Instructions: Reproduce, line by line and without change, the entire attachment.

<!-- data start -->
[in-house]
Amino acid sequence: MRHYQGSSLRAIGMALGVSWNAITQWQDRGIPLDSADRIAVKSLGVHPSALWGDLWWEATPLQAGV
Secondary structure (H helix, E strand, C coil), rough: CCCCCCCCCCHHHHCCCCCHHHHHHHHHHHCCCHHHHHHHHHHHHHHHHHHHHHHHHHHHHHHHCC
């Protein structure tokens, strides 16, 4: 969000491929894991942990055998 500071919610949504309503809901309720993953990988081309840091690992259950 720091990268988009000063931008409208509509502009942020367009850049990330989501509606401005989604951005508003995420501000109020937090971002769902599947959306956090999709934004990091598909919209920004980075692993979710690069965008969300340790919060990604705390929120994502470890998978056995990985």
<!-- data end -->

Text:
[in-house]
Amino acid sequence: MRHYQGSSLRAIGMALGVSWNAITQWQDRGIPLDSADRIAVKSLGVHPSALWGDLWWEATPLQAGV
Secondary structure (H helix, E strand, C coil), rough: CCCCCCCCCCHHHHCCCCCHHHHHHHHHHHCCCHHHHHHHHHHHHHHHHHHHHHHHHHHHHHHHCC
């Protein structure tokens, strides 16, 4: 969000491929894991942990055998 500071919610949504309503809901309720993953990988081309840091690992259950 720091990268988009000063931008409208509509502009942020367009850049990330989501509606401005989604951005508003995420501000109020937090971002769902599947959306956090999709934004990091598909919209920004980075692993979710690069965008969300340790919060990604705390929120994502470890998978056995990985």